Picture this: I’m standing around with Mr 10 and Mr 13 at their weekend soccer match, doing my best to look cool and dodge the ‘soccer mom’ label. One of the bona fide soccer moms wandered past and innocently asked ‘Oh, are these your boys?’. Now I should point out at this stage, that the boys biological mother is from a distinctly different ethic background to my own , so it’s a bit of a stretch to immediately assume I am their biological mother. However, obvious differences in physical features aside, the question was immediately recognisable to me as linguistic trap! A nomenclature nightmare. What the hell do I say that isn’t a) a flat-out lie ‘why yes they are!’, b) possibly mean-spirited ‘Oh no, I’m not related to them at all’, or c) just plain awkward ‘Well yes but no, you see I’m not their birth mother, they have a mother, but I kind of look after them like a mother and their dad is my partner….’
You get the picture.
So the result was an uncomfortable exchange of glances between the boys and I, followed by a mumbled ‘They are with me, yes’. Crisis averted.
But it got me thinking – what do I say when people ask me if they are mine? I had always assumed that no-one would think I was their mother. In fact, when all four of us are together (the boys, their dad, and I), I sometimes wonder if people think we have adopted children, their appearances being so clearly different from our own. The language minefield required me to convey the nature of the relationship between the boys and I in a way that reflects the care and affection I hold for them, while at the same time preserving the right of their biological mother to claim them as her own. If I said ‘yes they are’ to the question, I would mean so in the sincerest sense of the word, but the boys may feel that I am negating their mother, or trying to replace her in their lives. If I say ‘No, I’m their step-mother’, I’m back to the same old problem of the Disney villain image.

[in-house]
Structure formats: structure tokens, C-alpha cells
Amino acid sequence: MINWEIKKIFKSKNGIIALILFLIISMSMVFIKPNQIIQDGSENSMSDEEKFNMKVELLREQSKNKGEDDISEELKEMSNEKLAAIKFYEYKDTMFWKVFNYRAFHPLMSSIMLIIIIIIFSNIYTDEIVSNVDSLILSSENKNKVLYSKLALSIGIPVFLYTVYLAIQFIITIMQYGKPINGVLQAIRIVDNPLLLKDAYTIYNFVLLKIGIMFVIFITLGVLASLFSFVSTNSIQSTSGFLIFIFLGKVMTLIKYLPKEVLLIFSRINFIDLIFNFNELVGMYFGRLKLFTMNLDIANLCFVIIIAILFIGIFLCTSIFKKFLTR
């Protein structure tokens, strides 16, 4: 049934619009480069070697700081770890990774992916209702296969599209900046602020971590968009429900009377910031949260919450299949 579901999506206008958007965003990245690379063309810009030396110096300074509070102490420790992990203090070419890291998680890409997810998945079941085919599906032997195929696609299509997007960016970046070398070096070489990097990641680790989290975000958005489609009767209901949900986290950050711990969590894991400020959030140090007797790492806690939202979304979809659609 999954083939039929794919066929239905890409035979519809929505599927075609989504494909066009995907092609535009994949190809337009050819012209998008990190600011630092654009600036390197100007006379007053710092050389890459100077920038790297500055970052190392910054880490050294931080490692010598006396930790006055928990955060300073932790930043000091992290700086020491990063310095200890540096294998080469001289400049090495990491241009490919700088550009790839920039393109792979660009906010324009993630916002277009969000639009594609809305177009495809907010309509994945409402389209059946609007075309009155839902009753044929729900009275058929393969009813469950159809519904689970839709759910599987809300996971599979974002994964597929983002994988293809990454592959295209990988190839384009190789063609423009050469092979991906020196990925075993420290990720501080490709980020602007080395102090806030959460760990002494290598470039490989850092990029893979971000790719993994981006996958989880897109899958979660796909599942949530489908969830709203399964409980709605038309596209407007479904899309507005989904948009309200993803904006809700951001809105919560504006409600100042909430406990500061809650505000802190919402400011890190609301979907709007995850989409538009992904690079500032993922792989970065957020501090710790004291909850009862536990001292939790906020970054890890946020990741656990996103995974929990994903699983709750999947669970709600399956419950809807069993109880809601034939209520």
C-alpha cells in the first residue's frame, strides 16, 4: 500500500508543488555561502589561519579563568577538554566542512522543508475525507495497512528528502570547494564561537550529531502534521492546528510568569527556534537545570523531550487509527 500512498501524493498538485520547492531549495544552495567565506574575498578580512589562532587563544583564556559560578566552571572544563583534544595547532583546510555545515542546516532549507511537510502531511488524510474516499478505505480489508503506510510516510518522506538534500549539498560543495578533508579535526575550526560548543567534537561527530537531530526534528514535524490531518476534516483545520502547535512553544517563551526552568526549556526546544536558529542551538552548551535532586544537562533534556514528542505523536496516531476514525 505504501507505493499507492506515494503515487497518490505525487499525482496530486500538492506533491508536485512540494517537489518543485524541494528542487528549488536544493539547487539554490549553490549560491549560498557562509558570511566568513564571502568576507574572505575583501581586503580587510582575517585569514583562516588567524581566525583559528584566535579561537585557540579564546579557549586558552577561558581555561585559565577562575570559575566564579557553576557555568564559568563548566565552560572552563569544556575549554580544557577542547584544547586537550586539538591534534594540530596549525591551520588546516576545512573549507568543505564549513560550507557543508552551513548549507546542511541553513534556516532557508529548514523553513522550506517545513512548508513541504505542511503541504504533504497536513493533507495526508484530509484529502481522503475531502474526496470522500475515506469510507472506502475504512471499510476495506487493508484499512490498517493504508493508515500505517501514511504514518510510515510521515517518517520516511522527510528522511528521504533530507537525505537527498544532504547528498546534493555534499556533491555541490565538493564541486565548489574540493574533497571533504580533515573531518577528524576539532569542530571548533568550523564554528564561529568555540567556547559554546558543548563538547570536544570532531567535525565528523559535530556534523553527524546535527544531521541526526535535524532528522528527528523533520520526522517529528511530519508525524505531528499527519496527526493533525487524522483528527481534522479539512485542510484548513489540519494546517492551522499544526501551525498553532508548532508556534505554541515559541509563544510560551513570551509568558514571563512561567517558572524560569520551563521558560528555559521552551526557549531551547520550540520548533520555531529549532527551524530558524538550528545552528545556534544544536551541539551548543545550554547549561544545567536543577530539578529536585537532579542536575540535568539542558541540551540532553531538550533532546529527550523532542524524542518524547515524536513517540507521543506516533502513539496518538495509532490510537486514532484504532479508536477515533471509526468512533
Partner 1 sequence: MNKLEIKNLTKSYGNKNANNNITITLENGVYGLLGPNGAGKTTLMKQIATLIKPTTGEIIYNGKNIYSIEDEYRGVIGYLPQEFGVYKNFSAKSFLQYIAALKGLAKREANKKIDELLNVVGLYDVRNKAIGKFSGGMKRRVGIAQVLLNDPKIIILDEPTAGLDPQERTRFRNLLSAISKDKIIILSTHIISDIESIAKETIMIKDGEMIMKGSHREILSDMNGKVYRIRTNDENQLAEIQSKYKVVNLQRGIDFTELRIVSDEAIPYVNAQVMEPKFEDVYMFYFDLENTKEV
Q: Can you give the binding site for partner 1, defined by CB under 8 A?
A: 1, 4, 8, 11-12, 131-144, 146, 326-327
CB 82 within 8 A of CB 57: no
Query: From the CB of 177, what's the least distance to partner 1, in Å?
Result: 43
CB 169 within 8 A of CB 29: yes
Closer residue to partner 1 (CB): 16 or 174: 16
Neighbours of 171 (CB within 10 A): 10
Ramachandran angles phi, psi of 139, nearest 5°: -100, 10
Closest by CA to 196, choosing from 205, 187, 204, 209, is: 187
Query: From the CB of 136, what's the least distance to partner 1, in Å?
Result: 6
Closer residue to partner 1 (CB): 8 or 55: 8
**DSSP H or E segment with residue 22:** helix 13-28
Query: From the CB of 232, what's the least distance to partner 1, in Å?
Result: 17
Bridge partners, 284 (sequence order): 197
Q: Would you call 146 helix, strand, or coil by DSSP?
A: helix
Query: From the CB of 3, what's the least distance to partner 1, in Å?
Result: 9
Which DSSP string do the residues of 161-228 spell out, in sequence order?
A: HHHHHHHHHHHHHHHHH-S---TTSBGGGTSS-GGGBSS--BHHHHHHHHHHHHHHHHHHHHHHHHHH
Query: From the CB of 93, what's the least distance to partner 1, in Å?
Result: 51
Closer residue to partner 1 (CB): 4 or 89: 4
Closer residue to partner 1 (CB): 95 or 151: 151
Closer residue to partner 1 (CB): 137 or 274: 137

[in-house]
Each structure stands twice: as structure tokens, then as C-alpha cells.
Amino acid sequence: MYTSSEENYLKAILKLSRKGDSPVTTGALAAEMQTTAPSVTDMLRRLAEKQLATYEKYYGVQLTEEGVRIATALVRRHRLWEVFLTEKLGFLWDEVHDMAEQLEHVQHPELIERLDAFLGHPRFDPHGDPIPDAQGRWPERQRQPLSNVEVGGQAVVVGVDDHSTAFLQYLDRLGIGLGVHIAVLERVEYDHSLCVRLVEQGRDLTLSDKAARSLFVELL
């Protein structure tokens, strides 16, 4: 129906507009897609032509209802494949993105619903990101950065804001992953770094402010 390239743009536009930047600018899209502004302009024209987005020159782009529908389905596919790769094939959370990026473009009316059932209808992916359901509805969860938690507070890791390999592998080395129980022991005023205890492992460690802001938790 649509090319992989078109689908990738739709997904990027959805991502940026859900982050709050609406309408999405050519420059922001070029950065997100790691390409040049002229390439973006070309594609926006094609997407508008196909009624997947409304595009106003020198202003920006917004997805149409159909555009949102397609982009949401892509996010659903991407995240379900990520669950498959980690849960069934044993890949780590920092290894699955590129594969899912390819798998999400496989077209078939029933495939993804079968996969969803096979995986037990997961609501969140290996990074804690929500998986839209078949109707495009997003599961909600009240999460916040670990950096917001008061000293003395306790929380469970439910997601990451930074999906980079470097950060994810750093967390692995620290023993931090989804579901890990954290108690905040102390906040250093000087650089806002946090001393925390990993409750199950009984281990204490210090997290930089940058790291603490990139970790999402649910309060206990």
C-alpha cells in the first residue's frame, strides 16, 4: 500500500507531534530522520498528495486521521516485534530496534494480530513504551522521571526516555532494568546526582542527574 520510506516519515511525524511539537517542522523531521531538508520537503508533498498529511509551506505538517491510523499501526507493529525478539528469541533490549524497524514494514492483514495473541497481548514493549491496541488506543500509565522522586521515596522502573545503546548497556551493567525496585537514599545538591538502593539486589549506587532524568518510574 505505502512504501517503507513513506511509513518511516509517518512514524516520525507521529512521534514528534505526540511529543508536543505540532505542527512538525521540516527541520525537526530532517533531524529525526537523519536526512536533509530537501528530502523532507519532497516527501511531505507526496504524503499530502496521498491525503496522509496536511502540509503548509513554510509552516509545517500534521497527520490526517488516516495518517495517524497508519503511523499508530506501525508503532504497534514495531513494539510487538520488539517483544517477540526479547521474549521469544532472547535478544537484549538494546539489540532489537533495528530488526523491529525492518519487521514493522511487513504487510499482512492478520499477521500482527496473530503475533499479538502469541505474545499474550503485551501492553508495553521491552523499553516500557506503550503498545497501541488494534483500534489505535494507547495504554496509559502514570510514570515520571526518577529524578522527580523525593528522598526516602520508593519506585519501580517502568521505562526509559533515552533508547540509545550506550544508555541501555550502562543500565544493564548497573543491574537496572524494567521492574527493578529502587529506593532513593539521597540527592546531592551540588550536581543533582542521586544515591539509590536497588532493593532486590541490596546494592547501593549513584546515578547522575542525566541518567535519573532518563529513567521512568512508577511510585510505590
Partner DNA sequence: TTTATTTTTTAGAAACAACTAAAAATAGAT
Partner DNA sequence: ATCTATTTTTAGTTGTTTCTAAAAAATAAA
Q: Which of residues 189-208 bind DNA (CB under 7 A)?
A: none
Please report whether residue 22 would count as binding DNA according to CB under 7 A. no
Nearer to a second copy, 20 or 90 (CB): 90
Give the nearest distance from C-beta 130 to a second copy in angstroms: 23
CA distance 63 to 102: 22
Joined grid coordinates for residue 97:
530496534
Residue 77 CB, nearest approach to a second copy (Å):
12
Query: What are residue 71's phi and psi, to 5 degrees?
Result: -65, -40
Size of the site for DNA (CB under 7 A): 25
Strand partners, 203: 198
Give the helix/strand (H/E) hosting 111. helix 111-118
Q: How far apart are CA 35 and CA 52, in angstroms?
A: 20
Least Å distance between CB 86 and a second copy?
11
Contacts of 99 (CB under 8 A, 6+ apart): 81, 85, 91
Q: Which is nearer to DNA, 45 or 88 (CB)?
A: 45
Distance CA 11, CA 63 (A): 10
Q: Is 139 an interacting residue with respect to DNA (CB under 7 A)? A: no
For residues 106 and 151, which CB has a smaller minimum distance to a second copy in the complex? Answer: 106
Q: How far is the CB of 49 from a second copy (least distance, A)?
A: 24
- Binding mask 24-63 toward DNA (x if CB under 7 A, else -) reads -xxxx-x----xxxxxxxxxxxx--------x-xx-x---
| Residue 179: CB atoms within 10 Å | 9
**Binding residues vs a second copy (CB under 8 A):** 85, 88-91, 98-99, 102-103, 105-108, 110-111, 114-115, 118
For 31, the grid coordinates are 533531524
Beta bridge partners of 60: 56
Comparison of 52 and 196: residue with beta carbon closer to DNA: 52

In a similar, but yet more uncomfortable interaction, a man who I knew vaguely but who had never met my partner or the boys, straight up referred to me as ‘mum’ when he spoke to them once. At that point, being wholly unprepared for such an incident, I fumbled through an explanation of their non-biological relationship to me. That was uncomfortable for everyone.
But, all is not lost. I have come across a new term that I think will solve all my labelling woes. While listening to talkback radio recently, I heard a woman casually refer to her step-daughter as her ‘bonus child’.
‘Bonus child’ says the the addition of the child/ren to your life is something good, but clearly identifies the non-biological parent-child relationship. I also assume, then, that having bonus kids makes me a bonus parent. I like it. I like it a lot. I’m yet to use it in anger but I am confident that it will end the awkward explanations I’ve come to fear so very much.
Thank you talk-back radio lady, your casual quip is the best thing I’ve heard in years.
The Reluctant Step-parent.